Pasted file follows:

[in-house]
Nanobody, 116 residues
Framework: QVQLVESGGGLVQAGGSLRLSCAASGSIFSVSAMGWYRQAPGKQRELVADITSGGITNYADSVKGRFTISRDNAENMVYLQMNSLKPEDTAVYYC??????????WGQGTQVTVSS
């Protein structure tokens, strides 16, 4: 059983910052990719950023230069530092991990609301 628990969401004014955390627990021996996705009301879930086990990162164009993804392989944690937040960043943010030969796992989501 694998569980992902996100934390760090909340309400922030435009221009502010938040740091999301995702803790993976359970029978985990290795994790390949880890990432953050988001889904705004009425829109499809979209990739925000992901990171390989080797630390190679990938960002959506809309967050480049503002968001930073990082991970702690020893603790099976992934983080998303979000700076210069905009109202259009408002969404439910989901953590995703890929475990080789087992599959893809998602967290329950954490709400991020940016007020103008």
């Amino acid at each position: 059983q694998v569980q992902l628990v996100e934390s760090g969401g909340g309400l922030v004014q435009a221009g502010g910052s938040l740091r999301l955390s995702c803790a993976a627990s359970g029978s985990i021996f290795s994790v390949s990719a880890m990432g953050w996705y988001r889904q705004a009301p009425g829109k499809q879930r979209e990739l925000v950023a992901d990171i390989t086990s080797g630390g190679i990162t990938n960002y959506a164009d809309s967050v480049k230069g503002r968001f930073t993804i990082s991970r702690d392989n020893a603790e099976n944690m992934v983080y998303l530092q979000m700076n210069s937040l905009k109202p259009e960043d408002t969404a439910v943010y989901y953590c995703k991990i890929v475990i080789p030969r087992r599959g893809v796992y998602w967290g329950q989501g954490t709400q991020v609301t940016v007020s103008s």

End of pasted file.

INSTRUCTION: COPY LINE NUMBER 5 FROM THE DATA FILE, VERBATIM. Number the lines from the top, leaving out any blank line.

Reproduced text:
């Amino acid at each position: 059983q694998v569980q992902l628990v996100e934390s760090g969401g909340g309400l922030v004014q435009a221009g502010g910052s938040l740091r999301l955390s995702c803790a993976a627990s359970g029978s985990i021996f290795s994790v390949s990719a880890m990432g953050w996705y988001r889904q705004a009301p009425g829109k499809q879930r979209e990739l925000v950023a992901d990171i390989t086990s080797g630390g190679i990162t990938n960002y959506a164009d809309s967050v480049k230069g503002r968001f930073t993804i990082s991970r702690d392989n020893a603790e099976n944690m992934v983080y998303l530092q979000m700076n210069s937040l905009k109202p259009e960043d408002t969404a439910v943010y989901y953590c995703k991990i890929v475990i080789p030969r087992r599959g893809v796992y998602w967290g329950q989501g954490t709400q991020v609301t940016v007020s103008s």